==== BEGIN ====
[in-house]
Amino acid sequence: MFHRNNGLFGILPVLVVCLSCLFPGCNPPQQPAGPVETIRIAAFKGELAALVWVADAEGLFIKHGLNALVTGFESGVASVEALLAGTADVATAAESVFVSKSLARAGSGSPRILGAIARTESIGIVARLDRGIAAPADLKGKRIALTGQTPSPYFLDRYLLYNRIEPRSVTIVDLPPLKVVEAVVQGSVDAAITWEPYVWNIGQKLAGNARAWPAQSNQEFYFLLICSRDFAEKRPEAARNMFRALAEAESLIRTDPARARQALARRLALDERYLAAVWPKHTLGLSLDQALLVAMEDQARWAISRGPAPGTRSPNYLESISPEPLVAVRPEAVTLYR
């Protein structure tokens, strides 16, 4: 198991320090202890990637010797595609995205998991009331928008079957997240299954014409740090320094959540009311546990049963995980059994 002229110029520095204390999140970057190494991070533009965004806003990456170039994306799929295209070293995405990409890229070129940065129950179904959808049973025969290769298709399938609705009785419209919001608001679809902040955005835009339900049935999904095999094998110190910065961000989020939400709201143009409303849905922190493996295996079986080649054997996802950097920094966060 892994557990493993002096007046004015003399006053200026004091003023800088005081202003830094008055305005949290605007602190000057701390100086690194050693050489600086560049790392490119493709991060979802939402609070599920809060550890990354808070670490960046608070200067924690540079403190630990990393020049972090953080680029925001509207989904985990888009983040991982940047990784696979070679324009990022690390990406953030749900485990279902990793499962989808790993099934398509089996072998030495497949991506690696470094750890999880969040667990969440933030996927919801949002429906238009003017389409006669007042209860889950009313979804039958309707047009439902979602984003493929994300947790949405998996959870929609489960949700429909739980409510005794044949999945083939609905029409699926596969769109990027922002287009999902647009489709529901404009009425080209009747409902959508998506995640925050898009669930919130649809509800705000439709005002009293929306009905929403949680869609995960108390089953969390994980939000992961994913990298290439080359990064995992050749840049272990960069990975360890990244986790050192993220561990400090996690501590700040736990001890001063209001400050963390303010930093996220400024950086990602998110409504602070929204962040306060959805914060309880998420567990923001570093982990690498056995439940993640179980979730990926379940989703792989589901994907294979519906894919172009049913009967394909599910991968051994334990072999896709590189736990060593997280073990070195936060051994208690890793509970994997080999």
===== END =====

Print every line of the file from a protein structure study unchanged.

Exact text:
[in-house]
Amino acid sequence: MFHRNNGLFGILPVLVVCLSCLFPGCNPPQQPAGPVETIRIAAFKGELAALVWVADAEGLFIKHGLNALVTGFESGVASVEALLAGTADVATAAESVFVSKSLARAGSGSPRILGAIARTESIGIVARLDRGIAAPADLKGKRIALTGQTPSPYFLDRYLLYNRIEPRSVTIVDLPPLKVVEAVVQGSVDAAITWEPYVWNIGQKLAGNARAWPAQSNQEFYFLLICSRDFAEKRPEAARNMFRALAEAESLIRTDPARARQALARRLALDERYLAAVWPKHTLGLSLDQALLVAMEDQARWAISRGPAPGTRSPNYLESISPEPLVAVRPEAVTLYR
């Protein structure tokens, strides 16, 4: 198991320090202890990637010797595609995205998991009331928008079957997240299954014409740090320094959540009311546990049963995980059994 002229110029520095204390999140970057190494991070533009965004806003990456170039994306799929295209070293995405990409890229070129940065129950179904959808049973025969290769298709399938609705009785419209919001608001679809902040955005835009339900049935999904095999094998110190910065961000989020939400709201143009409303849905922190493996295996079986080649054997996802950097920094966060 892994557990493993002096007046004015003399006053200026004091003023800088005081202003830094008055305005949290605007602190000057701390100086690194050693050489600086560049790392490119493709991060979802939402609070599920809060550890990354808070670490960046608070200067924690540079403190630990990393020049972090953080680029925001509207989904985990888009983040991982940047990784696979070679324009990022690390990406953030749900485990279902990793499962989808790993099934398509089996072998030495497949991506690696470094750890999880969040667990969440933030996927919801949002429906238009003017389409006669007042209860889950009313979804039958309707047009439902979602984003493929994300947790949405998996959870929609489960949700429909739980409510005794044949999945083939609905029409699926596969769109990027922002287009999902647009489709529901404009009425080209009747409902959508998506995640925050898009669930919130649809509800705000439709005002009293929306009905929403949680869609995960108390089953969390994980939000992961994913990298290439080359990064995992050749840049272990960069990975360890990244986790050192993220561990400090996690501590700040736990001890001063209001400050963390303010930093996220400024950086990602998110409504602070929204962040306060959805914060309880998420567990923001570093982990690498056995439940993640179980979730990926379940989703792989589901994907294979519906894919172009049913009967394909599910991968051994334990072999896709590189736990060593997280073990070195936060051994208690890793509970994997080999």